One of the many pleasures of a new offering from Tribute Film Classics is the opportunity to revisit one of the older films that Bonn, Morgan, and Stromberg have decided to re-record. Previously we have seen Charge of the Light Brigade, Fahrenheit 451, Kentuckian, Mysterious Island, and She all excellent older films. As a reviewer I try to not only listen to the CD several times but to watch the film so that I may see what I’m listening to. I’ve even gone so far as to cue up the particular sequence in the film with the new material and play them together. It seldom matches but it still gives me a better idea than just watching the film or listening to the CD. Nerdy, but effective for what I’m striving to achieve. The latest offering, the Mark Twain classic, The Prince and the Pauper, starring Errol Flynn, Claude Rains, and Billy Mauch is also a special Korngold score orchestrated in part by another of my favorite golden age composers Hugo Friedhofer.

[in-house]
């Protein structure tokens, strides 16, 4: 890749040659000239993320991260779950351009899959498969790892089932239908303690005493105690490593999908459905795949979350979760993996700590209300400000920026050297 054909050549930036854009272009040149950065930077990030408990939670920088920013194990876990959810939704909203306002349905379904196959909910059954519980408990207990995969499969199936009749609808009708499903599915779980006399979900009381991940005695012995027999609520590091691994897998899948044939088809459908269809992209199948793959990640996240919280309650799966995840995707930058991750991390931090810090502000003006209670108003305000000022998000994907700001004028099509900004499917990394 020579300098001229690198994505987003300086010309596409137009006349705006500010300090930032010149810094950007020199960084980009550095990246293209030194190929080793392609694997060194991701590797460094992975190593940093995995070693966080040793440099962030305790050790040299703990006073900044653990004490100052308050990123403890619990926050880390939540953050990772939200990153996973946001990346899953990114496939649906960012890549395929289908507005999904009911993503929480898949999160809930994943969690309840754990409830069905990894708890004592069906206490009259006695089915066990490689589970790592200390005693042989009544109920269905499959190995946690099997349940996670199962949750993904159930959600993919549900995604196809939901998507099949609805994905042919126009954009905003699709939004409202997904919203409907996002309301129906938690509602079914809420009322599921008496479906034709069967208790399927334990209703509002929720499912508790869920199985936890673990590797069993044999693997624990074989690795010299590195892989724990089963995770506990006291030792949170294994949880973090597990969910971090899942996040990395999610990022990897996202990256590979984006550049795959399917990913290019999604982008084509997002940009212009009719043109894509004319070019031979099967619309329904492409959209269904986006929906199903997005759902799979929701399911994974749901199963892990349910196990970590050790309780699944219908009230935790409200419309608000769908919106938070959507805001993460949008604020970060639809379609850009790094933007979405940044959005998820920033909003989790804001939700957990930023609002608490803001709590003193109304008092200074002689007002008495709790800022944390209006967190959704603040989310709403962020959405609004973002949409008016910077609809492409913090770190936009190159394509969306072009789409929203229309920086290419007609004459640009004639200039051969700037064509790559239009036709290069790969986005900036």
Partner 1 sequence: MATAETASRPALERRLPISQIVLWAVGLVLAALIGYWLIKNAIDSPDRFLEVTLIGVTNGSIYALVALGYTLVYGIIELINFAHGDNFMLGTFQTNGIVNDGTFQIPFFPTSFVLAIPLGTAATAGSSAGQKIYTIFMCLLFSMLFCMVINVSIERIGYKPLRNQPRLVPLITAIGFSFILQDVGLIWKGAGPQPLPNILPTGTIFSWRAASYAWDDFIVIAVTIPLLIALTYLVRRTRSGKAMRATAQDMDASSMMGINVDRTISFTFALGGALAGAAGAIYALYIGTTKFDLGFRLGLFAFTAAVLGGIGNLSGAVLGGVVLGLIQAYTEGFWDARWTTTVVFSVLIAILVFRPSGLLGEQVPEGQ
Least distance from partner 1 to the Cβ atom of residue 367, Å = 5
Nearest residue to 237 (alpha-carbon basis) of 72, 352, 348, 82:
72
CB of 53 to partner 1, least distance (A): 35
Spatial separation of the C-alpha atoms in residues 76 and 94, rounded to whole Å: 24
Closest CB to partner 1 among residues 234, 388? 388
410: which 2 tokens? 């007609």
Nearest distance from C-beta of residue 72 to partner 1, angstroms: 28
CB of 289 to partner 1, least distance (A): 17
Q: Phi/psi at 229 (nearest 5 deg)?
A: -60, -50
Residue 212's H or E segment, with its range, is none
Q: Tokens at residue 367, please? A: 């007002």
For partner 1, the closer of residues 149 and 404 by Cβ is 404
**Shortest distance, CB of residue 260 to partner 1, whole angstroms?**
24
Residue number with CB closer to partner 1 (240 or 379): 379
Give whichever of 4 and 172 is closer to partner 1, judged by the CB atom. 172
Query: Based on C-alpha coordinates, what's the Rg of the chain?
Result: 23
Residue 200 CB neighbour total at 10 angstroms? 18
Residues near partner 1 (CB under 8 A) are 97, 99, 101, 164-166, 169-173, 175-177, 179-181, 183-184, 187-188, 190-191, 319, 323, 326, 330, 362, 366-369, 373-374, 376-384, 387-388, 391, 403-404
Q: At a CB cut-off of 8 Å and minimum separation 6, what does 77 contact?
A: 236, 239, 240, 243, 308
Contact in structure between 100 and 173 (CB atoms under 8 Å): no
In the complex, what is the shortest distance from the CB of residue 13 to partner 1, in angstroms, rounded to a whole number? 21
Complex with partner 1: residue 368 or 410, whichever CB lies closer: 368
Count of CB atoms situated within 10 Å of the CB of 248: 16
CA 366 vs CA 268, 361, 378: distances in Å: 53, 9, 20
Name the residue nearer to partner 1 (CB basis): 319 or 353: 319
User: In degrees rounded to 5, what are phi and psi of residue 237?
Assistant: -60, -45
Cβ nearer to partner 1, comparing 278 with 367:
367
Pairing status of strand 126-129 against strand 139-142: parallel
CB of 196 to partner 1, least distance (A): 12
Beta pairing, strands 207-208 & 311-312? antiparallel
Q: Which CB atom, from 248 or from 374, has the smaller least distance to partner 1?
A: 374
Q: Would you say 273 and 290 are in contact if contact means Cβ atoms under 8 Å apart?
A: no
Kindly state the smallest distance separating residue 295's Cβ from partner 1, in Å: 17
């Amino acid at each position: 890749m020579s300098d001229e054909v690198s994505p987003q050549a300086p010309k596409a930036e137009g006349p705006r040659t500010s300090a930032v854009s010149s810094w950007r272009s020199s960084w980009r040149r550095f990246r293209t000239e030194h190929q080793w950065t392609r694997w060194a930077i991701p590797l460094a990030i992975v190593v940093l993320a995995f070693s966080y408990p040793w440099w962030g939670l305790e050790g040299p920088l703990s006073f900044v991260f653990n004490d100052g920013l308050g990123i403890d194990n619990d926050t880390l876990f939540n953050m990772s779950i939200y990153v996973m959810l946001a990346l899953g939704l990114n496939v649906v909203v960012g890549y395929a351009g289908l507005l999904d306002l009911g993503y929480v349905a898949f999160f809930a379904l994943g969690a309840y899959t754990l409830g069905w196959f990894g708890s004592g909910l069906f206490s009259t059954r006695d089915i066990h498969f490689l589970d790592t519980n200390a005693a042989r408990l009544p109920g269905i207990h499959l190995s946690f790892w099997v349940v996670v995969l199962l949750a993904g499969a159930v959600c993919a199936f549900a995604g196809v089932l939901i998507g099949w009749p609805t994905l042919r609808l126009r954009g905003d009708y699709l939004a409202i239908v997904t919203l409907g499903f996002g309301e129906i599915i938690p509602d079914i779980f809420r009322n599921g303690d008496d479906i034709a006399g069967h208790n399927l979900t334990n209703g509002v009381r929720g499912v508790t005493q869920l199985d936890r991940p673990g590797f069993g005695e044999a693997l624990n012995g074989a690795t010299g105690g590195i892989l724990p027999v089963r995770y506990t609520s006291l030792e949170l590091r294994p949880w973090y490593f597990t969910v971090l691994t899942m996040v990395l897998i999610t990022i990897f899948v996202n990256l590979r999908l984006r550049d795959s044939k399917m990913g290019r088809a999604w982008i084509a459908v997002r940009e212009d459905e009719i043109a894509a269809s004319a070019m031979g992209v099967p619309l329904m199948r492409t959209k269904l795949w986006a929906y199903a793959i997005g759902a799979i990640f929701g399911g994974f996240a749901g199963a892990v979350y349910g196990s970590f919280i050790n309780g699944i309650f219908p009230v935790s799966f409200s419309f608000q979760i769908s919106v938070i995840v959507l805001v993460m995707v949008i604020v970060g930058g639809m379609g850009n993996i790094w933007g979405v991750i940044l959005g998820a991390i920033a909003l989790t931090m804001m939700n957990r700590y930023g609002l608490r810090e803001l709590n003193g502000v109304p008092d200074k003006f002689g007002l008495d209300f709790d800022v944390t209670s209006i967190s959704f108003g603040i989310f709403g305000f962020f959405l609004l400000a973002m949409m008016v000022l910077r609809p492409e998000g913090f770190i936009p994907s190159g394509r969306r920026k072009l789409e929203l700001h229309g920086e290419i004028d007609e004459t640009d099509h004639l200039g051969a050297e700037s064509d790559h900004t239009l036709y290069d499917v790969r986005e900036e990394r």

While this film score is available from Previn, OST, and a previous version from Stromberg/Morgan, this is by far the one to have as it contains 43 tracks and over 65+ minutes of music. Previn had 9 tracks and 22 minutes, the OST on Rhino about 8 minutes, and the older Stromberg version with the Brandenburg Symphony 33 minutes. Not listed are several different recordings that appear in compilation recordings but pretty much consist of just the main theme. Putting it in historical order was after Anthony Adverse but before The Adventures of Robin Hood.